To coincide with the start of European Immunisation Week, Jersey’s Public Health Department have released latest figures showing very high uptake rates by parents of childhood immunisation in the Island.
Latest annual statistics for 2013 reveal that 98% of babies received their primary set of immunisations at two-, three- and four-months-old, including protection against diseases such as whooping cough and Hib meningitis. Over 95% of one-year-olds received the measles, mumps and rubella (MMR) vaccine, and more than 93% of children had their pre-school booster vaccine.
Dr Linda Diggle, Head of Healthcare Programmes says: “Every child deserves a healthy start in life and we’re extremely pleased that the 2013 figures demonstrate how the vast majority of Jersey parents are choosing to protect their children through immunisation.”
She added “We all know how hectic life is as a parent and it would be easy to put off immunisation. It’s also easy to become complacent and to wonder whether immunisations are still as important. The answer is that without continual high levels of immunisation uptake amongst children, we would eventually see diseases re-emerging in the island. Three years ago we worked with GPs to make pre-school immunisations as accessible as possible for Jersey parents, and the Public Health team try and help busy working parents by sending them reminders when their children’s vaccines are due. These 2013 statistics show that GP practices have been working very hard and that parents are proactively taking steps to protect their child’s health.”
Dr Diggle stressed that even though immunisation uptake in the island is high, there is no room for complacency. “If you have a new baby, immunisations can seem daunting. If parents are at all unsure, we’d encourage them to speak to their GP at the six-week baby check. We also know some surgeries are carrying out surveys and seeking feedback from parents as to the immunisation service they provide. This illustrates how committed the local service is.”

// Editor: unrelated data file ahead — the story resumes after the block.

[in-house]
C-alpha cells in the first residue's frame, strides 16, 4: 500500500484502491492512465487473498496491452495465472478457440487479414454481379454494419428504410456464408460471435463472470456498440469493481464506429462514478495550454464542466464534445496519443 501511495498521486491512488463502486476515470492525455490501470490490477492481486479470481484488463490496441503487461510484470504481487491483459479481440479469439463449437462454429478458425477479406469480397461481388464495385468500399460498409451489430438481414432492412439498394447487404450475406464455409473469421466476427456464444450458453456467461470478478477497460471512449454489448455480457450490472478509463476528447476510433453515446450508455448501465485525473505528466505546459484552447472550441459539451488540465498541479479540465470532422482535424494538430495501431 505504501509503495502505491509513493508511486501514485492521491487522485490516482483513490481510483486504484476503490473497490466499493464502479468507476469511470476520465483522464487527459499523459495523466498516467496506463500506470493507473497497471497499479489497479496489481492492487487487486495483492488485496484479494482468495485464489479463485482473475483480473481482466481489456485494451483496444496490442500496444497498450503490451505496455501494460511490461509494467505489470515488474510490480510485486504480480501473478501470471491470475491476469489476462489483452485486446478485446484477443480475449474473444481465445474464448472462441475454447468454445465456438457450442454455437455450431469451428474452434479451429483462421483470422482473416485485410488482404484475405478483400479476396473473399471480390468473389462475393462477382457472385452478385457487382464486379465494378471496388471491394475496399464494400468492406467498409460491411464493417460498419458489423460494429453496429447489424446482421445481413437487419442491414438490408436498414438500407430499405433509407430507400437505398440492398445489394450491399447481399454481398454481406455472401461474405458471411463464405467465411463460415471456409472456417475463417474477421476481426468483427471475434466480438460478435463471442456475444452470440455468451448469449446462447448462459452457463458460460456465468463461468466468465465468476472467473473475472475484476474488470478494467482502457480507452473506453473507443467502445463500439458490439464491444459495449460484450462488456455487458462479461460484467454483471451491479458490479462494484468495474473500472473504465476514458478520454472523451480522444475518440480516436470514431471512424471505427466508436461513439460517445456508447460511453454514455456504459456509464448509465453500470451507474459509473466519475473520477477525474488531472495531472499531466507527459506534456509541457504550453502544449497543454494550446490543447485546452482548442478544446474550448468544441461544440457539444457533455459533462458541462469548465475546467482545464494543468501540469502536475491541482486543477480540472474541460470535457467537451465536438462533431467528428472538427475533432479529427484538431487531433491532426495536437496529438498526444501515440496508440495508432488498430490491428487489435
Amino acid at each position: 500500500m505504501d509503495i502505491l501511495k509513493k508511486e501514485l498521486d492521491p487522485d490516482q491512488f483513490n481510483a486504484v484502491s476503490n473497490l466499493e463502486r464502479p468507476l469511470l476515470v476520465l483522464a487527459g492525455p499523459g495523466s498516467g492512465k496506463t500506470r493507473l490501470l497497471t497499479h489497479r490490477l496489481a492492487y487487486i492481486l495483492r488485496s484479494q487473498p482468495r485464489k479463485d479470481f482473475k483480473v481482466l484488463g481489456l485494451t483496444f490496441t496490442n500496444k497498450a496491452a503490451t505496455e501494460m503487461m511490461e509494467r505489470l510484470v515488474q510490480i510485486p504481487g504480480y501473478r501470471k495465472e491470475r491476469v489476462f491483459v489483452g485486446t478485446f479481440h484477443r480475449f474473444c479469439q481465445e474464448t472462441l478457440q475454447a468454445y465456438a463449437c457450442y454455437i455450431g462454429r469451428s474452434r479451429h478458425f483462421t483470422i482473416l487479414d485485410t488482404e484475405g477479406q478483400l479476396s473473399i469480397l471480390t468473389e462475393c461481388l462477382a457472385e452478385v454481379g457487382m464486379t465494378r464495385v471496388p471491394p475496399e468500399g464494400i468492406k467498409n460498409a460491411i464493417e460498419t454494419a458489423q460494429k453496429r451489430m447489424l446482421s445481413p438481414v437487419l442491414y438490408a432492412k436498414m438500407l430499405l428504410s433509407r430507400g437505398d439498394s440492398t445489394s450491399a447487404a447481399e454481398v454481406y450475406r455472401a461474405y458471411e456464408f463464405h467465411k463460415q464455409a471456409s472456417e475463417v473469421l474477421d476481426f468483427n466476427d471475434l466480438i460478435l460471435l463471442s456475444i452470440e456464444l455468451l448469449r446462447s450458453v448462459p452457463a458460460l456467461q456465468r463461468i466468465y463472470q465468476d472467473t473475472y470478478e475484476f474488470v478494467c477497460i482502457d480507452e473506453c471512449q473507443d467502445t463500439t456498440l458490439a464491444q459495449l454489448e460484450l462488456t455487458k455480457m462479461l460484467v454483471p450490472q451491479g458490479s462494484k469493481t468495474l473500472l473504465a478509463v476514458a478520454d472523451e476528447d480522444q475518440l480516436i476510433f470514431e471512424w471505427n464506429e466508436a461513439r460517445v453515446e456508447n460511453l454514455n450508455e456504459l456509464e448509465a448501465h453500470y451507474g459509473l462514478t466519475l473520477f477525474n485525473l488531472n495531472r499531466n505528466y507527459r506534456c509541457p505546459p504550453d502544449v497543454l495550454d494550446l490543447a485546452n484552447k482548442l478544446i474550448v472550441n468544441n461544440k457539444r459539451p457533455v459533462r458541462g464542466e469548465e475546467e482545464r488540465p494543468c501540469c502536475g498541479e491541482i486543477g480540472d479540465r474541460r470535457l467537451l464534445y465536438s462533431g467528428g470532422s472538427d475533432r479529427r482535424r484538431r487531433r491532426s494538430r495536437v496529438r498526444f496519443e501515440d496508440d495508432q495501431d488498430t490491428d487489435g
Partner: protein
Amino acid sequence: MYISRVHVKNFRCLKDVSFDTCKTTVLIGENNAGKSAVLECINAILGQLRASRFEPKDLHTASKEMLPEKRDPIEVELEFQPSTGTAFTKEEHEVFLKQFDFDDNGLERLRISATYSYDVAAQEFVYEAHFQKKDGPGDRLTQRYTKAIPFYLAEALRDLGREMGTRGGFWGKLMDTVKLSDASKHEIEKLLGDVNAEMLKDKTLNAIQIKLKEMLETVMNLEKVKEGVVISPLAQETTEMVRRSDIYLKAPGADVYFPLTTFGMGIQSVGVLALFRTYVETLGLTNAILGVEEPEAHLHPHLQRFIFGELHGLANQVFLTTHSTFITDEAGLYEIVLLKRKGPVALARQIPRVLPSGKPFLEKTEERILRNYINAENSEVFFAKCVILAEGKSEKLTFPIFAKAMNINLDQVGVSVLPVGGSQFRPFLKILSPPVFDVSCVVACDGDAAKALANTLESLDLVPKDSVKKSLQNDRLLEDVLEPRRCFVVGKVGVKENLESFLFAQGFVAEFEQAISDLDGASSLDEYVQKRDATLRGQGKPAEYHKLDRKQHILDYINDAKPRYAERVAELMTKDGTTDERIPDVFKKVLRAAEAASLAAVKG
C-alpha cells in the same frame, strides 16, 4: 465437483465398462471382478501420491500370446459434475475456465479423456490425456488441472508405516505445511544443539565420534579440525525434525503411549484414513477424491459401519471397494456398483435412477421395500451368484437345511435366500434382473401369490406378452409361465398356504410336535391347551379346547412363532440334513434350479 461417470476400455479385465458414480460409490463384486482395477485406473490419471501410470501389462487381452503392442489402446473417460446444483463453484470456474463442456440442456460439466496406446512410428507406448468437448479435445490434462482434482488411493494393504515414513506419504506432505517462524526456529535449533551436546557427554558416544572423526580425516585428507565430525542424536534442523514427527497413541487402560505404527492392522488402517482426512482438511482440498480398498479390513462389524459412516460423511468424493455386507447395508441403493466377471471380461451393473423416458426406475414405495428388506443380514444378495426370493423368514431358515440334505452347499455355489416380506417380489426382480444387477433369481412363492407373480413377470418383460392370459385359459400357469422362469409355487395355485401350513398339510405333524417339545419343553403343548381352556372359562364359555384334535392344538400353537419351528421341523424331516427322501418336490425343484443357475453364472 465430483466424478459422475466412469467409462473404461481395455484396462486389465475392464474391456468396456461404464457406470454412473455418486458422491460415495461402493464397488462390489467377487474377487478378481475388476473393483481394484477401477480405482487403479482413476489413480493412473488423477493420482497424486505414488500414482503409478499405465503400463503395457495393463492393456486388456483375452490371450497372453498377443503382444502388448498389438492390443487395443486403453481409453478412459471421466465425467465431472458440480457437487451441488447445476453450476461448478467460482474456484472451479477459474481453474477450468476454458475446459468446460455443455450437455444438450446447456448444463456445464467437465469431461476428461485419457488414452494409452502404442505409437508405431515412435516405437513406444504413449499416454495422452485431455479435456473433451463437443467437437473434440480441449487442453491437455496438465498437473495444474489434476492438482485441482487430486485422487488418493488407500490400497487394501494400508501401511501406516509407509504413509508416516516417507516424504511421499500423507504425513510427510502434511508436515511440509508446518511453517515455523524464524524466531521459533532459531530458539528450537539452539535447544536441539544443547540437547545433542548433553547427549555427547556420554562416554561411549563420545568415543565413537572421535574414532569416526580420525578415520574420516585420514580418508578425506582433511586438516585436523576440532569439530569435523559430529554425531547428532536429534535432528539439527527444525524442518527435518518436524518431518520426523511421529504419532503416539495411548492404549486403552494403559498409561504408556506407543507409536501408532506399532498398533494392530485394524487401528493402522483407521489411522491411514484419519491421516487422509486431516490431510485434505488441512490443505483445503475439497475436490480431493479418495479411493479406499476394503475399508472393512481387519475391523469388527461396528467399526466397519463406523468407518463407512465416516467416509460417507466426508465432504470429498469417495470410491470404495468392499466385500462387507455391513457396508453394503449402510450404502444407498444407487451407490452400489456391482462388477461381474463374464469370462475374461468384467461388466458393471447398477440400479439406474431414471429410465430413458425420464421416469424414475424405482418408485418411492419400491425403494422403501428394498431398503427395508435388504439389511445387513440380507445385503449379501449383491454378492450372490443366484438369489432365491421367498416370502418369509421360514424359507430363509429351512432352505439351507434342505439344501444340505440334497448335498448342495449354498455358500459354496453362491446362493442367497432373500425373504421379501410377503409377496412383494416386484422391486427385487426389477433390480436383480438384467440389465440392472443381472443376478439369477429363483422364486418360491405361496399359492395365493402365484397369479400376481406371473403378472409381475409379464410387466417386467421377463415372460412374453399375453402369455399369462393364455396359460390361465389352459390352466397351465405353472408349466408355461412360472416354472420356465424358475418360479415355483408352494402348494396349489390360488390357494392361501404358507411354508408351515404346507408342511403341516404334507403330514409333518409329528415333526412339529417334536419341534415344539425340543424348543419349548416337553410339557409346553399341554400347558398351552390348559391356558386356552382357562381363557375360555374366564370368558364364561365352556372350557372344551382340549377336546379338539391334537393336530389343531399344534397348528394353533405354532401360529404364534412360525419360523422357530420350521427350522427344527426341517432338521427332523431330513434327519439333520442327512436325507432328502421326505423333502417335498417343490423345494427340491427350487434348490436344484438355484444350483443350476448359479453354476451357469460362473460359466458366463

Dr Diggle confirmed that further immunisation changes are planned for the future. “It’s a fact of life that the immunisation schedule needs to change periodically to keep pace with changes in the patterns of disease, also with new evidence and knowledge,” she said. “For example, in January of this year, we added Rotavirus vaccine (given as oral drops) to the immunisation schedule for young babies and, this autumn, those going to UK universities for the first time will be advised to have a booster dose of the Meningitis C vaccine. We’ll be running some publicity nearer the time to remind imminent ‘Freshers’ who are about to start university.”
Parents wishing to know more about the full childhood immunisation schedule can find detailed information at www.gov.je/childrenshealth. Parents can also get a personalised, printable planner of their child’s vaccinations, based on their child’s date of birth at www.nhs.uk/tools/pages/nhsvaccinationplanner.aspx (although parents should note that the NHS schedule of immunisations varies slightly from that given in Jersey). If parents have questions about their child’s immunisations, they can talk to their GP, or may contact Marion Lee, Immunisation Nurse Specialist, on 445790.